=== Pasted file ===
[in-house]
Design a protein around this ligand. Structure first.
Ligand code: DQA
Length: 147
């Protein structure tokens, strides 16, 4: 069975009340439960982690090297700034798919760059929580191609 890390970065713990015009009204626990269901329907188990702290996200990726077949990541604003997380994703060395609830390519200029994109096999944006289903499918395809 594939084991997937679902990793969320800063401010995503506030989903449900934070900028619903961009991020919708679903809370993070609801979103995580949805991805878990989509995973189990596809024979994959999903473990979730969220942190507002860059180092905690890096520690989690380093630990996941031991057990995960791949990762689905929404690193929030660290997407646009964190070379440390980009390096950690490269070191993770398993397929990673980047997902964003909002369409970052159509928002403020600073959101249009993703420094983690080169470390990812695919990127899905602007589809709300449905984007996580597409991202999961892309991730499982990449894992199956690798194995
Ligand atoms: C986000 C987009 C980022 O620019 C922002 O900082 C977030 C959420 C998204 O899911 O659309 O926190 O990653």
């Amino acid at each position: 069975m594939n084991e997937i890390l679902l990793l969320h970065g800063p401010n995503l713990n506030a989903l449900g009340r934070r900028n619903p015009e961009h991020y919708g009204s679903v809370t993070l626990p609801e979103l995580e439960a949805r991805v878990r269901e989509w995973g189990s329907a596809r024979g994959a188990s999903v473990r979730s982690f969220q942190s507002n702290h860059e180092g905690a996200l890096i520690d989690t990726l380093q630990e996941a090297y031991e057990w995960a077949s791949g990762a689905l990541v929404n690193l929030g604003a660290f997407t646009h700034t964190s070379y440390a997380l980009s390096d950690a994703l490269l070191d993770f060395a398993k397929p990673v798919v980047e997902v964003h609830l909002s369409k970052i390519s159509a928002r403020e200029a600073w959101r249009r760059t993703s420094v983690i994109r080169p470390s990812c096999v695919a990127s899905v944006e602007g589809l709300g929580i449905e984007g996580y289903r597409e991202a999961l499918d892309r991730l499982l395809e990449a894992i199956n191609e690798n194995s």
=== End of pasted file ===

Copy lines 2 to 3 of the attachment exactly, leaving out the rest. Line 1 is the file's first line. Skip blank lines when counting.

Design a protein around this ligand. Structure first.
Ligand code: DQA